OKLAHOMA CITY (KFOR) – An Oklahoma woman who says she budgeted six figures to build a barndominium project now believes she was scammed by the man originally contracted to complete the work.  

Judi Holten said she had high hopes for the project, which was supposed to be a set of two steel builds for $109,928 including material and labor, according to a contract she provided to KFOR in email.

However, she said the contractor, doing business under 1st Class Barndominium & Steel Structures LLC , left the property soon after starting and never returned to finish the work.

A Facebook page with the same name had been removed from the site as of Wednesday evening.

“$57,784 I’ve paid [Chance] in cash [already],” Judi said in an earlier interview with KFOR, saying she also paid for equipment rentals, totaling nearly $6,000.

“He’s just such a crook,” she added.

Holten said she contacted the station after learning a building materials company was preparing to file a lien on her property for unpaid bills.

In a series of messages, Holten said Greenhagen later contacted her saying his lawyer required a contract amendment for nearly $20,000 more than the pair originally agreed upon.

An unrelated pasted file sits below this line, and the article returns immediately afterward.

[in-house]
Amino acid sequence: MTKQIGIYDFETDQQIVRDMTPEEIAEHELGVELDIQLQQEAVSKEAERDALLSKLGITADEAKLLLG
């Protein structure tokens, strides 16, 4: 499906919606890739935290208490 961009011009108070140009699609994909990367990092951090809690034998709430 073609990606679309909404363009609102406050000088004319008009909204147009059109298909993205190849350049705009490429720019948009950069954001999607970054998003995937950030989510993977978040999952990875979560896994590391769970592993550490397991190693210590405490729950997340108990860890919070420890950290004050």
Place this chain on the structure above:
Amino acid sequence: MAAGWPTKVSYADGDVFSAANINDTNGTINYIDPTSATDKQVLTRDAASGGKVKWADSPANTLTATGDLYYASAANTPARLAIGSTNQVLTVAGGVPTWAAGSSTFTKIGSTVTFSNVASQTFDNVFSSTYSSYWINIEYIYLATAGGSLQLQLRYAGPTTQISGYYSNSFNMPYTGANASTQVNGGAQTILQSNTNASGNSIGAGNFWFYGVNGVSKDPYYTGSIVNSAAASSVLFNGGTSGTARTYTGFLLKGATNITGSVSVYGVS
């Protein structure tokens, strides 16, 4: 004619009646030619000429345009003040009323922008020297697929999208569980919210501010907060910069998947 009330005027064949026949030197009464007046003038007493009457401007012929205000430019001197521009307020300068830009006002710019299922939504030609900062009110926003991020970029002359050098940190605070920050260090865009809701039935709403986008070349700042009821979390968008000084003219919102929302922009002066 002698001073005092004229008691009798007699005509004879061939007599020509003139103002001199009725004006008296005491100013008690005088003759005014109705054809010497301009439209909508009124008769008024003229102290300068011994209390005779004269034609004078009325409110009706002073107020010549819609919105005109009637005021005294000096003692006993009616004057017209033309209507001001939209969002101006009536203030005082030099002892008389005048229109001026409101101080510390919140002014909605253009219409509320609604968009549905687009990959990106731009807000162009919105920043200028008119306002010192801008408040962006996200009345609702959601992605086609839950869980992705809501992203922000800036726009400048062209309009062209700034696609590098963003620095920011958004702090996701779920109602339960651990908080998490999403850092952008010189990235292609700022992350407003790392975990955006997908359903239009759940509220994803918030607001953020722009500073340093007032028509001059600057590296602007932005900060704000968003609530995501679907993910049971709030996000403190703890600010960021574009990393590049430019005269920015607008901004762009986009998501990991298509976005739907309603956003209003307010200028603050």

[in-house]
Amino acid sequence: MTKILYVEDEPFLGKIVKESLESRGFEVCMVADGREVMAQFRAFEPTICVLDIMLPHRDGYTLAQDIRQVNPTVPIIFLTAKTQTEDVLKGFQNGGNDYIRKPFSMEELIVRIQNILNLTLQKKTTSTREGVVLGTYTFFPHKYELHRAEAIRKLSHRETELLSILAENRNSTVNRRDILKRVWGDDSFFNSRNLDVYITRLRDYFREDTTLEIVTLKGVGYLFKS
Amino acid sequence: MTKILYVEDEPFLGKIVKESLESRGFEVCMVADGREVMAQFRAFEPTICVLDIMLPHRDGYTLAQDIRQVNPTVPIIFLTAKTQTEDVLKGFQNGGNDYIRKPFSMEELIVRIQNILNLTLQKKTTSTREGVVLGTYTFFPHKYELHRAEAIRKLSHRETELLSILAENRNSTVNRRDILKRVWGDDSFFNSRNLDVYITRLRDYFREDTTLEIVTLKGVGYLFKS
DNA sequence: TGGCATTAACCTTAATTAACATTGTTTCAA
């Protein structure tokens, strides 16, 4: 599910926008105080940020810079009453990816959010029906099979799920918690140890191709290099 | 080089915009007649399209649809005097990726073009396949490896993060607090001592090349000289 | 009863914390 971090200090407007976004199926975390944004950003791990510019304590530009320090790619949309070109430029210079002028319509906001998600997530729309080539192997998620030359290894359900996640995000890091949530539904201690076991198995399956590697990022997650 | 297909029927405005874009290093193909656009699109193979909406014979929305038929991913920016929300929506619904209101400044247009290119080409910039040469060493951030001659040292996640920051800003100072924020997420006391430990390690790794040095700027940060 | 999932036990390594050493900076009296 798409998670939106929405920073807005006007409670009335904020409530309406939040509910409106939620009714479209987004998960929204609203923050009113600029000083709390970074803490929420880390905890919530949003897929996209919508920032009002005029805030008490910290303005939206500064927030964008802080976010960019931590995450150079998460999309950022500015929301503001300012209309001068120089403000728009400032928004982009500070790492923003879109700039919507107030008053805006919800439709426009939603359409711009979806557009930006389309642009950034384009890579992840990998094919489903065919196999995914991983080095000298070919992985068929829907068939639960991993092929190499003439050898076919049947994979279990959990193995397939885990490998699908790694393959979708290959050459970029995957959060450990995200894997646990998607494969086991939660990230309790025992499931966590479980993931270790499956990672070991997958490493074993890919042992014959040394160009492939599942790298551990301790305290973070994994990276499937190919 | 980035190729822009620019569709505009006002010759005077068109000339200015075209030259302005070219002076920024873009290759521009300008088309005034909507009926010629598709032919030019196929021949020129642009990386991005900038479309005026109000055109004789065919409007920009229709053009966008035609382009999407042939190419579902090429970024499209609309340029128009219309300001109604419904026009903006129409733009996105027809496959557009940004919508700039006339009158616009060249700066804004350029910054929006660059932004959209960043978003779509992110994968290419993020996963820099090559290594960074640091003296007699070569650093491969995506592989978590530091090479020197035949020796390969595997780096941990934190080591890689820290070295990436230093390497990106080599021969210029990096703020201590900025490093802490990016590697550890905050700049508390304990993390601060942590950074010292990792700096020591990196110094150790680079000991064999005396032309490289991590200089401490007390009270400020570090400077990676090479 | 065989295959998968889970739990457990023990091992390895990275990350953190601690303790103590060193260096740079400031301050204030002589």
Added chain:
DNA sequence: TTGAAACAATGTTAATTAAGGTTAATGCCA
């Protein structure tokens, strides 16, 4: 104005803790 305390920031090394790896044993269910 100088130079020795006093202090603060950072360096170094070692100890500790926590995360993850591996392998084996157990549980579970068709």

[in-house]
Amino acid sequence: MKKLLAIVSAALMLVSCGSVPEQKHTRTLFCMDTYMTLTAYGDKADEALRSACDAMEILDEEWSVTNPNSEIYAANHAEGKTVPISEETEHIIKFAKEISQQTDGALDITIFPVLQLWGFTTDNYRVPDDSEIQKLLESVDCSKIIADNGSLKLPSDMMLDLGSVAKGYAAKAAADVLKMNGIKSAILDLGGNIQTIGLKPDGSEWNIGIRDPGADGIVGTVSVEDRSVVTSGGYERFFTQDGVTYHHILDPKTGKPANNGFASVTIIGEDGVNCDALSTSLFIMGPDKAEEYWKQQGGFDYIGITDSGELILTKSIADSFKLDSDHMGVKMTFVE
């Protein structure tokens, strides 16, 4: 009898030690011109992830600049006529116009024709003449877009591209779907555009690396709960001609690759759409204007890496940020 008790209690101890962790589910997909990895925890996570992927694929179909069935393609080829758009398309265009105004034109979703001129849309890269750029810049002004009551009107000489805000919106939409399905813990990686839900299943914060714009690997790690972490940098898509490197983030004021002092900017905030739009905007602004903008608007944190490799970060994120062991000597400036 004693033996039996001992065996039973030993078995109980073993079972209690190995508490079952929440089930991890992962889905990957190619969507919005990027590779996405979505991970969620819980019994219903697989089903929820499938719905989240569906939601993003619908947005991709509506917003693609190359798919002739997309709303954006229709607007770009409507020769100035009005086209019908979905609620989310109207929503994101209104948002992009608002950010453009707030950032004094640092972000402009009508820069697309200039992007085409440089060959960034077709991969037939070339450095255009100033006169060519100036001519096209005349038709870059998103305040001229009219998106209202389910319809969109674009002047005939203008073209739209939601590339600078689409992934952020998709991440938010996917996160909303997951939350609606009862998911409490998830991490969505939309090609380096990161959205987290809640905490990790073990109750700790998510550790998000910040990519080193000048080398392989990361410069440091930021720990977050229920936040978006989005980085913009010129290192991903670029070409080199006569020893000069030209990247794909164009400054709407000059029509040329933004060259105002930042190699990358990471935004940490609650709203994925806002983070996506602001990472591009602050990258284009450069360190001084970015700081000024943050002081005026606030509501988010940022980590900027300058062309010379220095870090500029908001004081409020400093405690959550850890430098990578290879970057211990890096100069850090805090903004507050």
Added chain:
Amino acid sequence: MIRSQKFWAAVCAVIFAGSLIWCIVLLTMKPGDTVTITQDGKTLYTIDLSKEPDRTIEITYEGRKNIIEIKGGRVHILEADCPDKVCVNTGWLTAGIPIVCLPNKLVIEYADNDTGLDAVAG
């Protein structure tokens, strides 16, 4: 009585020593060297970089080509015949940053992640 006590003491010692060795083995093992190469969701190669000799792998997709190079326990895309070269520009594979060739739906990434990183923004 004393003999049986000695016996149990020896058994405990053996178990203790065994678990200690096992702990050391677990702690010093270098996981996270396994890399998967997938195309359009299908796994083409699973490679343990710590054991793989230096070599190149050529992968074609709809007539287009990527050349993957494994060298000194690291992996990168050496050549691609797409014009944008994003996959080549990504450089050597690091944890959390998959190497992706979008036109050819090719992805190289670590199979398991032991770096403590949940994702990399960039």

“He said, ‘Well, my attorney says I need a new contract,’ [but] I said, ‘You never honored the first contract’,” Holten stated.

“He wants $19,800 more to finish what he was supposed to do on the first contract,” she added.

When contacted by phone, Chance Greenhagen claimed he and Holten needed to agree on new terms for him to finish the project.

“Both of us need to be on the same page with a contract amendment with all the changes so there is nothing being left out. I will do it when I get some time, probably tomorrow or the next day,” said Greenhagen over the phone.

However, Holten said Greenhagen never sent her a contract revision to review.

“There were some changes, and I knew that. But he never would tell me [exactly] how much those changes cost,” said Holten.

“I was trying to keep on good terms, hoping he would do the right thing and come and finish our building,” she said.

“He had no intention of ever doing it, I believe,” she continued.

This isn’t the contractor’s first brush with supposedly bad behavior.

Arkansas’s Attorney General filed a lawsuit against Greenhagen and his wife back in 2020 for violating the Arkansas Deceptive Trade Practices Act (ADTPA), claiming they required large deposits and upfront payments for home improvement projects they couldn’t or wouldn’t finish, and calling his work “deceptive” and “unconscionable”.

According to affiliate KARK, Arkansas Contractor’s Licensing Board later revoked Greenhagen’s contractor licenses.

Oklahoma consumers who have been impacted by Greenhagen or other contractors can file a complaint with the state’s Consumer Protection Unit (CPU), through the Office of the Oklahoma Attorney General.